Six Pixels of Separation - The Blog
October 19, 2013 2:52 PM

Six Links Worthy Of Your Attention #174

Is there one link, story, picture or thought that you saw online this week that you think somebody you know must see?

My friends: Alistair Croll (BitCurrent, Year One Labs, GigaOM, Human 2.0, Solve For Interesting, the author of Complete Web Monitoring, Managing Bandwidth: Deploying QOS in Enterprise Networks and Lean Analytics), Hugh McGuire (PressBooks, LibriVox, iambik and co-author of Book: A Futurist's Manifesto) and I decided that every week the three of us are going to share one link for one another (for a total of six links) that each individual feels the other person "must see".

Check out these six links that we're recommending to one another:

  • Inside 23AndMe Founder Anne Wojcicki's $99 DNA Revolution - Fast Company. "A few years ago, I interviewed Anne Wojcicki about her fledgling startup. We bonded over the fact that neither of us had cavities until relatively late in life. I'm a user of the service, and a few months later, I filled out a 23andMe survey on whether I had cavities, helping the company point scientists at genes that might be tied to tooth decay. Later, with the arrival of my daughter, we sequenced her, my wife, and my mother. The results were amazing (and possibly life-saving.) I wrote about it, and got some grief for my actions. It reminded me of just how controversial this stuff is. Now, Fast Company's Elizabeth Murphy has updated things, and it's a good read. 23andMe could save your life, and permanently change medicine. Which means it's a pretty polarizing subject." (Alistair for Hugh).
  • Hackers Meet Biology: Bio-Renaissance or the Makings of a Killer? - Casey Research. "Now, let's talk about biohacking. What happens when try-it-and-see' Maker mentality hits Silicon Valley's can-do attitude? Plenty. It's either the new frontier, or the first pages of a Michael Crichton novel, depending on who you ask. In this Casey Research piece by Doug Hornig -- with a foreword by chief analyst, Alex Daley -- you'll learn more than you thought you needed to know. A friend of mine whose wife has made more synthetic biology investments than anyone right now bemoans the fact that investors think biohacking is just 'wet software', cautioning that DNA is vastly different and we stretch such analogies as 'coding life' beyond their breaking point. Read, and be a little afraid." (Alistair for Mitch).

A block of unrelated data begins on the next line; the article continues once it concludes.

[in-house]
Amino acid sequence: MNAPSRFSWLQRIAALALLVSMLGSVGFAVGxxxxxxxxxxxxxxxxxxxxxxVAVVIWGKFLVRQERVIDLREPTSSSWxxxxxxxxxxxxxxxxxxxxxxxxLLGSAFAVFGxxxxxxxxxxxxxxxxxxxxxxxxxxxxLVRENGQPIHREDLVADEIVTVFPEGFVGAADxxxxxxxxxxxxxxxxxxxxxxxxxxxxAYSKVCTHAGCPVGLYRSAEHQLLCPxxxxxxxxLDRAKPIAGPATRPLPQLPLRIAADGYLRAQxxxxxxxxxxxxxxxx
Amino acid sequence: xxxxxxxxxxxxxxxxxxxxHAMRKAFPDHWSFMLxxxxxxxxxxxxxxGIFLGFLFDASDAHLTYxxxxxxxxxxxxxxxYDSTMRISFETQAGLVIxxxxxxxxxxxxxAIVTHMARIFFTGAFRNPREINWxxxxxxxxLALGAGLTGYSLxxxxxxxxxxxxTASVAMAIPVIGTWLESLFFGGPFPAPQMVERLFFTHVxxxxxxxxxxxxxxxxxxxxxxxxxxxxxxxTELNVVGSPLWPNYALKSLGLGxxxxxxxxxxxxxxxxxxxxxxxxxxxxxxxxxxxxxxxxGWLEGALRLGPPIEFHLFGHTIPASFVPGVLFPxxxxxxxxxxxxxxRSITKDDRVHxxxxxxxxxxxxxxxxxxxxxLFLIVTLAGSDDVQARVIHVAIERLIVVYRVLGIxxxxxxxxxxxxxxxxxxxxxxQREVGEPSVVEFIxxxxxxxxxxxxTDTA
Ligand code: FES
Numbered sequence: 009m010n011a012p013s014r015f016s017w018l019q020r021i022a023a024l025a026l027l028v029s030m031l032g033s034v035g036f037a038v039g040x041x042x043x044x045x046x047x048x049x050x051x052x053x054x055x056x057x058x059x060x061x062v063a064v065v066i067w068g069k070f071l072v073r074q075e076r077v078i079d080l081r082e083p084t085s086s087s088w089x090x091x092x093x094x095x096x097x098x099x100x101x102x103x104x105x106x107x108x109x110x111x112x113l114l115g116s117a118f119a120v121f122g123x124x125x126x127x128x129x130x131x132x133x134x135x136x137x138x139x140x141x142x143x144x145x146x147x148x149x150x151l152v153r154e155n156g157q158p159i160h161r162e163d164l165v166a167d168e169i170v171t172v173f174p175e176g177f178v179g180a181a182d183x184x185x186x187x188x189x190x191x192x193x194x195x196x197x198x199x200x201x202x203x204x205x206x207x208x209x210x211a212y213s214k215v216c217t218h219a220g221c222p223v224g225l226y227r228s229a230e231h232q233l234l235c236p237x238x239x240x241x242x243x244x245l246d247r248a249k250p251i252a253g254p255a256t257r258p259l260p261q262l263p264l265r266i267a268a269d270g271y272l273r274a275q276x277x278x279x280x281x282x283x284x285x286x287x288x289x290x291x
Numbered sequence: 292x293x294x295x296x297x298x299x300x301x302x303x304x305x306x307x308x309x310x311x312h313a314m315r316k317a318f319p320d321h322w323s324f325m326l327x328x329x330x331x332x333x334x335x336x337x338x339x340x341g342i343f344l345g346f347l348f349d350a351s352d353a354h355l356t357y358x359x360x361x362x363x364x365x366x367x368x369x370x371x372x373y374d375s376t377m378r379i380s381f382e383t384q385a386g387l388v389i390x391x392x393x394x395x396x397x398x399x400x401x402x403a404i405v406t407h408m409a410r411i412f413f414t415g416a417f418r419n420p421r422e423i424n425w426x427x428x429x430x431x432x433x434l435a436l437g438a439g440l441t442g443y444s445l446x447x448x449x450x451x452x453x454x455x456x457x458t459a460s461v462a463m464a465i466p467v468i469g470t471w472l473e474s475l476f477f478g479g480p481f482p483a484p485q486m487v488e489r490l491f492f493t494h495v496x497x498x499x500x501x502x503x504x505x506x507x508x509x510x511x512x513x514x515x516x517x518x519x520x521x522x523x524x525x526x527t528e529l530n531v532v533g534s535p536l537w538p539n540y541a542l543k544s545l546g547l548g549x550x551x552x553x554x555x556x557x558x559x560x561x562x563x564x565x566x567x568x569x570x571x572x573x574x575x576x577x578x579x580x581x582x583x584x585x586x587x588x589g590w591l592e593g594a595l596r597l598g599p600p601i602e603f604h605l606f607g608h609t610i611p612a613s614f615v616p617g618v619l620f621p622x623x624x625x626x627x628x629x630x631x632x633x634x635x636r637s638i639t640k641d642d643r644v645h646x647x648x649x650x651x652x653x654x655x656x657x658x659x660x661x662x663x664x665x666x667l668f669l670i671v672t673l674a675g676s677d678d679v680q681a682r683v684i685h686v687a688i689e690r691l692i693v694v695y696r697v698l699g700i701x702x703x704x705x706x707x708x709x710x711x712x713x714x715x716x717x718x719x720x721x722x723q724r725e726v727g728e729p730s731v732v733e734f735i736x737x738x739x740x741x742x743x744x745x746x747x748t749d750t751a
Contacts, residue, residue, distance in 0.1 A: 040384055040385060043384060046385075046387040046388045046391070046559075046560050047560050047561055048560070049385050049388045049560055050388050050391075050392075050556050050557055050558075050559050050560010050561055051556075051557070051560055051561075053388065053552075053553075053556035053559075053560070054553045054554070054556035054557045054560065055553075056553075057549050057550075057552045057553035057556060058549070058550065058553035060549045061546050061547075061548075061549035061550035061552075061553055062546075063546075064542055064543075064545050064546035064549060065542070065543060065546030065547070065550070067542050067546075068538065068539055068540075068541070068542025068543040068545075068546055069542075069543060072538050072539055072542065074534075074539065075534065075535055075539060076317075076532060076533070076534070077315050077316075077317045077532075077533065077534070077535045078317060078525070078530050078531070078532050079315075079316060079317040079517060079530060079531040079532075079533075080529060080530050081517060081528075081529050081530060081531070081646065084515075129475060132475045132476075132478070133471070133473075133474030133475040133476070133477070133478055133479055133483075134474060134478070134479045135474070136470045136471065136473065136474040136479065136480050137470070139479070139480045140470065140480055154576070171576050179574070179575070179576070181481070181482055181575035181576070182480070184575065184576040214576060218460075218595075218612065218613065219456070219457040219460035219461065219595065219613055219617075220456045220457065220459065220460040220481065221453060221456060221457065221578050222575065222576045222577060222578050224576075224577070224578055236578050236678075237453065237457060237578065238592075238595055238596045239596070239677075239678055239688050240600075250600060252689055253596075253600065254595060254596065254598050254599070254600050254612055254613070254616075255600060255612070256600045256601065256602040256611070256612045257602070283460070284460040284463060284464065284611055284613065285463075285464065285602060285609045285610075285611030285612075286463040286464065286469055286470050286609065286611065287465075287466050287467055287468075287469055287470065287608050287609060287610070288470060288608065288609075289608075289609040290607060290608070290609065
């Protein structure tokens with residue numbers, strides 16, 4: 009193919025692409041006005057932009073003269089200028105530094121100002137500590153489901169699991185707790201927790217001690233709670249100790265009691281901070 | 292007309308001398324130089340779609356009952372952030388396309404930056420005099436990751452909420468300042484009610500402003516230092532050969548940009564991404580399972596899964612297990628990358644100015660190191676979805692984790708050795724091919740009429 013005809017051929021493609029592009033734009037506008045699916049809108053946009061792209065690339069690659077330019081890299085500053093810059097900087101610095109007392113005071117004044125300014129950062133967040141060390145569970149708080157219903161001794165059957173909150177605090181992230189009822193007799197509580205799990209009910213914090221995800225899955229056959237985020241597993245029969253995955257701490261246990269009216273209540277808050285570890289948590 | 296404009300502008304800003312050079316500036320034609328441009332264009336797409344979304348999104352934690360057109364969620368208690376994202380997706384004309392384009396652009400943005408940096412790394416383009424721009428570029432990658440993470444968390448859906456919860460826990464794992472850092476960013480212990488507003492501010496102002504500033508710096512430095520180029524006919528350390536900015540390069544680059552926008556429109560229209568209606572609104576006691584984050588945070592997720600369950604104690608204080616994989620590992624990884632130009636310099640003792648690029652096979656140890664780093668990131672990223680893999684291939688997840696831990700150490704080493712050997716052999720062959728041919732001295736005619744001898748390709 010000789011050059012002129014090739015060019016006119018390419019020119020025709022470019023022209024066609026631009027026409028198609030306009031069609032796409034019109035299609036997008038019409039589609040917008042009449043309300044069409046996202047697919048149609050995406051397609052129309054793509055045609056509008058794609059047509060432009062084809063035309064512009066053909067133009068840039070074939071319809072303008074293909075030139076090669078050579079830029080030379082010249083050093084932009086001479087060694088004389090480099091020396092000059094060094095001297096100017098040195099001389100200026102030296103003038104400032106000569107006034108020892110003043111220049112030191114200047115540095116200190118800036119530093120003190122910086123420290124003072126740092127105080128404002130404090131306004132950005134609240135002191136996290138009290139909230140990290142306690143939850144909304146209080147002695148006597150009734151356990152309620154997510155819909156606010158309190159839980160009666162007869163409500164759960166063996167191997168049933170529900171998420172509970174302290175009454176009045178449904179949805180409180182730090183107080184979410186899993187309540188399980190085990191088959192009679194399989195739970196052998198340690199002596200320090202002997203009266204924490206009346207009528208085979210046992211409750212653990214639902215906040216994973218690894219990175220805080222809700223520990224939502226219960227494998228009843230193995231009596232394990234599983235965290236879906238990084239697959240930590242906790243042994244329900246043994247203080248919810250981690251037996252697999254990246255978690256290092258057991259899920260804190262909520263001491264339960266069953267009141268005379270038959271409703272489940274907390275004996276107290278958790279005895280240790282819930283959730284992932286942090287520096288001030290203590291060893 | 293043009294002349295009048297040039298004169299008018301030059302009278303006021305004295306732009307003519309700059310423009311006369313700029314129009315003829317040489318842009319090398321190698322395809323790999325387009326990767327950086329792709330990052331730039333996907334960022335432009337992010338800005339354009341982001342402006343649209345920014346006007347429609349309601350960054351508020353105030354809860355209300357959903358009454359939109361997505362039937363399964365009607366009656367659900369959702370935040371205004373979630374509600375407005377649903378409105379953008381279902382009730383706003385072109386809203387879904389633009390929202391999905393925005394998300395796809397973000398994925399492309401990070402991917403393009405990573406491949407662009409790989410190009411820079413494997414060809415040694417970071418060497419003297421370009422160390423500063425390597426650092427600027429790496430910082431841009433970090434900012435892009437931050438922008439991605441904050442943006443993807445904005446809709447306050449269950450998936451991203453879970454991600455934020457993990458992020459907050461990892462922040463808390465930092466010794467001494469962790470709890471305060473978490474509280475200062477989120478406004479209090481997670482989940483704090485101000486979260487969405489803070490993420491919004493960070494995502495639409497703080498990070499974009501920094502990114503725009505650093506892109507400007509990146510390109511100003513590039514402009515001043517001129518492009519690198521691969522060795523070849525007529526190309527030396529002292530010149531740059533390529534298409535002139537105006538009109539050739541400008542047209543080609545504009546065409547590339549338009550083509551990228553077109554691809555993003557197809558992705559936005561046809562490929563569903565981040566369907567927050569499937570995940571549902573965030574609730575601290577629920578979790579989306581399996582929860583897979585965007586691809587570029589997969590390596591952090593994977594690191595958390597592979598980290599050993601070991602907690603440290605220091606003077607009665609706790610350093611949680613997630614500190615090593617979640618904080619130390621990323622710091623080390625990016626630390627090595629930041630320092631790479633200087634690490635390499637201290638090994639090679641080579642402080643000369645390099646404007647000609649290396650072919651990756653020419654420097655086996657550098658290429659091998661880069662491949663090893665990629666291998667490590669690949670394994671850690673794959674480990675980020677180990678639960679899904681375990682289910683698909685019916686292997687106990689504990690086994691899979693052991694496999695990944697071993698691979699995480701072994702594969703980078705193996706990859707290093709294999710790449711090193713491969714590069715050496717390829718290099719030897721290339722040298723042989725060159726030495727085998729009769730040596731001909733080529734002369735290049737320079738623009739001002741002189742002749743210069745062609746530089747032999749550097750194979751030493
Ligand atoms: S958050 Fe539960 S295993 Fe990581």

• Why mathematicians make great comedy writers - Chortle. "Apparently The Simpsons writing team has been filled with mathematicians from the beginning of the show. Simon Singh explores the relationship between Simpson giggle and complex math. r d r r."  (Hugh for Alistair).
  • Why Can't a Congressman Be More Like a Mayor? - Bloomberg. "Well, the US government shutdown is over. As a columnist for the Globe & Mail quipped: 'That was fun! Let's do it again in the New Year.' Margaret Carlson muses on the distance between congressmen and reality, and why a city's government could never get away with the kind of behavior we've seen in Washington." (Hugh for Mitch).
  • Snapchat admits to handing unopened 'snaps' to US law enforcement - The Guardian. "24 hours a day. Seven days a week. 365 days a year. They are watching you. We want to think that we have a semblance of privacy. We don't. Everything we do is being being transmitted and stored somewhere, right? I find it amazingly fascinating that companies like Google and Facebook take so much heat from the public whenever they attempt to update or address their terms of service, and yet this craziness over at Snapchat was hardly a ripple in the zeitgeist. I thought that snaps weren't stored anywhere and that the people behind Snapchat didn't have access to these pictures. That's not true. I never believed that. Now, it's clear that the content we're pumping through Snapchat is accessible - in some way, shape or form... and it's accessible to the government too." (Mitch for Alistair).
  • 7 Ways to Be Insufferable on Facebook - The Huffington Post. "There are days that I wish I had the courage to delete my Facebook account. The truth is that I don't know how to best use it and I wind up seeing things from people I like... and it winds up making me like them a whole lot less. I hate judging people. I hate gossiping. It feels like this is all that Facebook is for me. I'm not sure why. A close friend sent me this link in relation to a mutual friend and how they poorly manage their Facebook page (you'll understand it more when you read this article). The truth is, I see of lot of myself in these examples and... it really does sicken me." (Mitch for Hugh).

Now it's your turn: in the comment section below pick one thing that you saw this week that inspired you and share it.

By Mitch Joel


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